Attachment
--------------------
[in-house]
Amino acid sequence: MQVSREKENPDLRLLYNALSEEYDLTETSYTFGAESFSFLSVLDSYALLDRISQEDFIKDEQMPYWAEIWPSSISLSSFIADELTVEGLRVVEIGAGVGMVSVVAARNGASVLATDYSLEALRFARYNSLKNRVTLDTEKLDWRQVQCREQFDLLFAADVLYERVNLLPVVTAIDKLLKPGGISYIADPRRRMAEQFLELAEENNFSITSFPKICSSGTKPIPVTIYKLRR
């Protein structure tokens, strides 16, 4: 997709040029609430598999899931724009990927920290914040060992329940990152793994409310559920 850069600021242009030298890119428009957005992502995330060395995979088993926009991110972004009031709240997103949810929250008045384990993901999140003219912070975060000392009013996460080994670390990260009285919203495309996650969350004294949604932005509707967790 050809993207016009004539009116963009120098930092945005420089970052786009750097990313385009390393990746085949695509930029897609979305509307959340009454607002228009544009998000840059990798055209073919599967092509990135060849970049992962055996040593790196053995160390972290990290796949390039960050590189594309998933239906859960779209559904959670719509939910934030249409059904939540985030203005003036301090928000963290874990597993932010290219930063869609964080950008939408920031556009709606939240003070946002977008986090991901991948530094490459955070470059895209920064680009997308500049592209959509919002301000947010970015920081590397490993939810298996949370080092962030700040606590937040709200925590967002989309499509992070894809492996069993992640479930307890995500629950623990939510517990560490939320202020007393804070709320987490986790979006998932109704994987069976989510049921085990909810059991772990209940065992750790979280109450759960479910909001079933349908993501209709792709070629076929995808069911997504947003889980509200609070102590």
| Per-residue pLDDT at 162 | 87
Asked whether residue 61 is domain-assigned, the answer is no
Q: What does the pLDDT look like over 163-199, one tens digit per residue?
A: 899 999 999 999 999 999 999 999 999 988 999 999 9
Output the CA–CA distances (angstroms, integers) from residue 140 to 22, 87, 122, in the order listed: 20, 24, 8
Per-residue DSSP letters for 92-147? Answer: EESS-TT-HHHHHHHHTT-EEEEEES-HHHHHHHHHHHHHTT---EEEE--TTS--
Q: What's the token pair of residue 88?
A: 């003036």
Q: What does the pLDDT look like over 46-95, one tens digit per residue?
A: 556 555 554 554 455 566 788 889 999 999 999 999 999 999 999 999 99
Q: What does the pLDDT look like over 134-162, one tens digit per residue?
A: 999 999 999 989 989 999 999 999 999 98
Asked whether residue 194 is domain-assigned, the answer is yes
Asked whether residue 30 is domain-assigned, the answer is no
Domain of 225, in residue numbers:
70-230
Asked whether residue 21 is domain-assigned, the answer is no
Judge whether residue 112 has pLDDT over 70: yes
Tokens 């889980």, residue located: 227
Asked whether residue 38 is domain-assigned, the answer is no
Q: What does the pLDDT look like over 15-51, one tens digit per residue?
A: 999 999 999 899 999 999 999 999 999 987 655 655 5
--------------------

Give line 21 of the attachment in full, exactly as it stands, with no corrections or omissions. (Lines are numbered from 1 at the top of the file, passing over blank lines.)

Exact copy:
Judge whether residue 112 has pLDDT over 70: yes